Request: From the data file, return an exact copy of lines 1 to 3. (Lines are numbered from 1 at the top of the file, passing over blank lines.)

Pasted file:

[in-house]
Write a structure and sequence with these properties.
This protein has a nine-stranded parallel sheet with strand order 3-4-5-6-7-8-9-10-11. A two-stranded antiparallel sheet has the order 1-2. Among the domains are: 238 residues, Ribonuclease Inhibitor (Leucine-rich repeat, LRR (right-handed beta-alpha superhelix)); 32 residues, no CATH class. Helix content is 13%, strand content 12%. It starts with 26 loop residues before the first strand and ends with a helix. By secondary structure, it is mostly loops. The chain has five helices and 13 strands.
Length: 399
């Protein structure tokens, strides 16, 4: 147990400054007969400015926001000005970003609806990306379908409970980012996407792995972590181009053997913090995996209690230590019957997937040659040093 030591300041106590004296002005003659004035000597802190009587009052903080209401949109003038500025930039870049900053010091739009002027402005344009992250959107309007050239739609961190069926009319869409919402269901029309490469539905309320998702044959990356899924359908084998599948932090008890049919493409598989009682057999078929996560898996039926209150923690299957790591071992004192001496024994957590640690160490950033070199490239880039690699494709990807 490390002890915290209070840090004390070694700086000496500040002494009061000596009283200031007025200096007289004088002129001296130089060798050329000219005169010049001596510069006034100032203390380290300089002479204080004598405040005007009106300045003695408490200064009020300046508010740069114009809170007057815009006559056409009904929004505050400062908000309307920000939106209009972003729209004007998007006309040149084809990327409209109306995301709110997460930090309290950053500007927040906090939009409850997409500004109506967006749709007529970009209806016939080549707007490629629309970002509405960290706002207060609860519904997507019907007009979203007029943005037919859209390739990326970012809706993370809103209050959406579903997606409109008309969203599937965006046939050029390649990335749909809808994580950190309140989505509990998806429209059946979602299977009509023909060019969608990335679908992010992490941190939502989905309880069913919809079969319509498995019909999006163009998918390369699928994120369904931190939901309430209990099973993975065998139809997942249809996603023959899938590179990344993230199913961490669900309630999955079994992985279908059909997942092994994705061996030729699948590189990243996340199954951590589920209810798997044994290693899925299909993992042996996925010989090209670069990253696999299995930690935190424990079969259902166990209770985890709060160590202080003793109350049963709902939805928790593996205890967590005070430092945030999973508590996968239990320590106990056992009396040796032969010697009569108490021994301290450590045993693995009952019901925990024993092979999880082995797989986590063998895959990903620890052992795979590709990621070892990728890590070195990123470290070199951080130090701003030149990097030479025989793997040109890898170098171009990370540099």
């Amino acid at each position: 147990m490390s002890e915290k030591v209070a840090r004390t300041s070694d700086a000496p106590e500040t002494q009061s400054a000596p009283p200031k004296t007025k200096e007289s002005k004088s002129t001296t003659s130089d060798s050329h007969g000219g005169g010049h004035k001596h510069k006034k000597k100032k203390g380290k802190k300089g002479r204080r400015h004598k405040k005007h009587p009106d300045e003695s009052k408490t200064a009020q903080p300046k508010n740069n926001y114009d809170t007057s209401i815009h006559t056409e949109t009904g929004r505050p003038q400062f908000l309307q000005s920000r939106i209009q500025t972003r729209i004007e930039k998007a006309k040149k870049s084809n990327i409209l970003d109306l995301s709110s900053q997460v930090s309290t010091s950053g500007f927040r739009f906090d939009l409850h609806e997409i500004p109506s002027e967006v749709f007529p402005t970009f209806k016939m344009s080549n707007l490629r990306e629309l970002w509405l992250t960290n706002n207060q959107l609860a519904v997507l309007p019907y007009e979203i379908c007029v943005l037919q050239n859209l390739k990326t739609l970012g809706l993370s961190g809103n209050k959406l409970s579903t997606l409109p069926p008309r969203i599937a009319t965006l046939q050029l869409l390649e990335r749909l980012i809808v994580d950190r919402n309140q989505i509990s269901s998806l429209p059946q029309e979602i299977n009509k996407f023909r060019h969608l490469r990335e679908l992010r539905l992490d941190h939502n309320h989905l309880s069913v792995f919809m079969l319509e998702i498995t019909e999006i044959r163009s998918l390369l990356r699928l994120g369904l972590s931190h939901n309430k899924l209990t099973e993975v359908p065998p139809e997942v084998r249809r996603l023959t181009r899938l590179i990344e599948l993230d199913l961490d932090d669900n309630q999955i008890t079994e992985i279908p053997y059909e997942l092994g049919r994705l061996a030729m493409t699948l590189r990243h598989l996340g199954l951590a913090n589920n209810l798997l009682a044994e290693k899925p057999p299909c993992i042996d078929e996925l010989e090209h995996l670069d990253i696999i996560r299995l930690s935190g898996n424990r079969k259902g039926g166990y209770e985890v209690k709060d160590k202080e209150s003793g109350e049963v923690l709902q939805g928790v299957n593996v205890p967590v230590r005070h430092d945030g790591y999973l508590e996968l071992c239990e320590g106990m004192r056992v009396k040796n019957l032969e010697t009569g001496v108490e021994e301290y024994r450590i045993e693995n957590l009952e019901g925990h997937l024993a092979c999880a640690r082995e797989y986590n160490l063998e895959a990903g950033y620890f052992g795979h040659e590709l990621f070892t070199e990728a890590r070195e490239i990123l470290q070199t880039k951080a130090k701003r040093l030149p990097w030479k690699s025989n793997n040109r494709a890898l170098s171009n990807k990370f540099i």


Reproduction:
[in-house]
Write a structure and sequence with these properties.
This protein has a nine-stranded parallel sheet with strand order 3-4-5-6-7-8-9-10-11. A two-stranded antiparallel sheet has the order 1-2. Among the domains are: 238 residues, Ribonuclease Inhibitor (Leucine-rich repeat, LRR (right-handed beta-alpha superhelix)); 32 residues, no CATH class. Helix content is 13%, strand content 12%. It starts with 26 loop residues before the first strand and ends with a helix. By secondary structure, it is mostly loops. The chain has five helices and 13 strands.